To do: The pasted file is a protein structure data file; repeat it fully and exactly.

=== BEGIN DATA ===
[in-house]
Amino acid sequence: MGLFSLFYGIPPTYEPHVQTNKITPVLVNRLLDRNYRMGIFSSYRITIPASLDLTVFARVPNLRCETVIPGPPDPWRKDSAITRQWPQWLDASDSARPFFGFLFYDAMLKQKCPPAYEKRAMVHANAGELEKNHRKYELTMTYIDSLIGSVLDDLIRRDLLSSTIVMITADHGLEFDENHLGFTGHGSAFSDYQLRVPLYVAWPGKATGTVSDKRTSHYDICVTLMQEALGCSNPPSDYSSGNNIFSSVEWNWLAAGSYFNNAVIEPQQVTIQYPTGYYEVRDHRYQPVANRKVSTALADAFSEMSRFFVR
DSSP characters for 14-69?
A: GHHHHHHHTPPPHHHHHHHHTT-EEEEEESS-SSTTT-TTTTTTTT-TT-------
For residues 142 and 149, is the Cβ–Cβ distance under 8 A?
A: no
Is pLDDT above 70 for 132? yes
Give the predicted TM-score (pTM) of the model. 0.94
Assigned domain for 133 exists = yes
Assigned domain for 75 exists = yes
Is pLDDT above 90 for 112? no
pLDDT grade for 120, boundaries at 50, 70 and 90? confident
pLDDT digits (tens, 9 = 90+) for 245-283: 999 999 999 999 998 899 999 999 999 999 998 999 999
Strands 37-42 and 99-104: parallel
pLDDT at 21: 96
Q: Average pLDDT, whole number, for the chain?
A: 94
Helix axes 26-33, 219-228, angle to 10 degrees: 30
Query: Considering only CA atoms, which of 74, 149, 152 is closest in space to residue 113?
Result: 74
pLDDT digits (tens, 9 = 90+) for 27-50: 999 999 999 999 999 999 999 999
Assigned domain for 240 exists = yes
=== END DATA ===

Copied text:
[in-house]
Amino acid sequence: MGLFSLFYGIPPTYEPHVQTNKITPVLVNRLLDRNYRMGIFSSYRITIPASLDLTVFARVPNLRCETVIPGPPDPWRKDSAITRQWPQWLDASDSARPFFGFLFYDAMLKQKCPPAYEKRAMVHANAGELEKNHRKYELTMTYIDSLIGSVLDDLIRRDLLSSTIVMITADHGLEFDENHLGFTGHGSAFSDYQLRVPLYVAWPGKATGTVSDKRTSHYDICVTLMQEALGCSNPPSDYSSGNNIFSSVEWNWLAAGSYFNNAVIEPQQVTIQYPTGYYEVRDHRYQPVANRKVSTALADAFSEMSRFFVR
DSSP characters for 14-69?
A: GHHHHHHHTPPPHHHHHHHHTT-EEEEEESS-SSTTT-TTTTTTTT-TT-------
For residues 142 and 149, is the Cβ–Cβ distance under 8 A?
A: no
Is pLDDT above 70 for 132? yes
Give the predicted TM-score (pTM) of the model. 0.94
Assigned domain for 133 exists = yes
Assigned domain for 75 exists = yes
Is pLDDT above 90 for 112? no
pLDDT grade for 120, boundaries at 50, 70 and 90? confident
pLDDT digits (tens, 9 = 90+) for 245-283: 999 999 999 999 998 899 999 999 999 999 998 999 999
Strands 37-42 and 99-104: parallel
pLDDT at 21: 96
Q: Average pLDDT, whole number, for the chain?
A: 94
Helix axes 26-33, 219-228, angle to 10 degrees: 30
Query: Considering only CA atoms, which of 74, 149, 152 is closest in space to residue 113?
Result: 74
pLDDT digits (tens, 9 = 90+) for 27-50: 999 999 999 999 999 999 999 999
Assigned domain for 240 exists = yes